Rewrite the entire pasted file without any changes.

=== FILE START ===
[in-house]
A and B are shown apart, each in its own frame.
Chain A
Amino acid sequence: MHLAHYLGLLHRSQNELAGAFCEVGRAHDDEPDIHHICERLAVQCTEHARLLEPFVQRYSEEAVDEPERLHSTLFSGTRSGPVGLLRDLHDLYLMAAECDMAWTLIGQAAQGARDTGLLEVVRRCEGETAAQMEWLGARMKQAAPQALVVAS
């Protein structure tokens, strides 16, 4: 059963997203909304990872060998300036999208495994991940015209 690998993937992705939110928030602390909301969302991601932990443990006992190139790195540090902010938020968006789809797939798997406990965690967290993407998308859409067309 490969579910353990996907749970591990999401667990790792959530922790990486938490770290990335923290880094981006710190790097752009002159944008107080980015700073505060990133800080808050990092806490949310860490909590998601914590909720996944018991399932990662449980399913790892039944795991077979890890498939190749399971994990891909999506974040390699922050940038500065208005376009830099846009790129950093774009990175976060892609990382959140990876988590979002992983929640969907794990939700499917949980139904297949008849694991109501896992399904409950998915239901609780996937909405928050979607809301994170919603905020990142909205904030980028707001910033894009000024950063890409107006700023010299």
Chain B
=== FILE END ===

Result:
[in-house]
A and B are shown apart, each in its own frame.
Chain A
Amino acid sequence: MHLAHYLGLLHRSQNELAGAFCEVGRAHDDEPDIHHICERLAVQCTEHARLLEPFVQRYSEEAVDEPERLHSTLFSGTRSGPVGLLRDLHDLYLMAAECDMAWTLIGQAAQGARDTGLLEVVRRCEGETAAQMEWLGARMKQAAPQALVVAS
């Protein structure tokens, strides 16, 4: 059963997203909304990872060998300036999208495994991940015209 690998993937992705939110928030602390909301969302991601932990443990006992190139790195540090902010938020968006789809797939798997406990965690967290993407998308859409067309 490969579910353990996907749970591990999401667990790792959530922790990486938490770290990335923290880094981006710190790097752009002159944008107080980015700073505060990133800080808050990092806490949310860490909590998601914590909720996944018991399932990662449980399913790892039944795991077979890890498939190749399971994990891909999506974040390699922050940038500065208005376009830099846009790129950093774009990175976060892609990382959140990876988590979002992983929640969907794990939700499917949980139904297949008849694991109501896992399904409950998915239901609780996937909405928050979607809301994170919603905020990142909205904030980028707001910033894009000024950063890409107006700023010299």
Chain B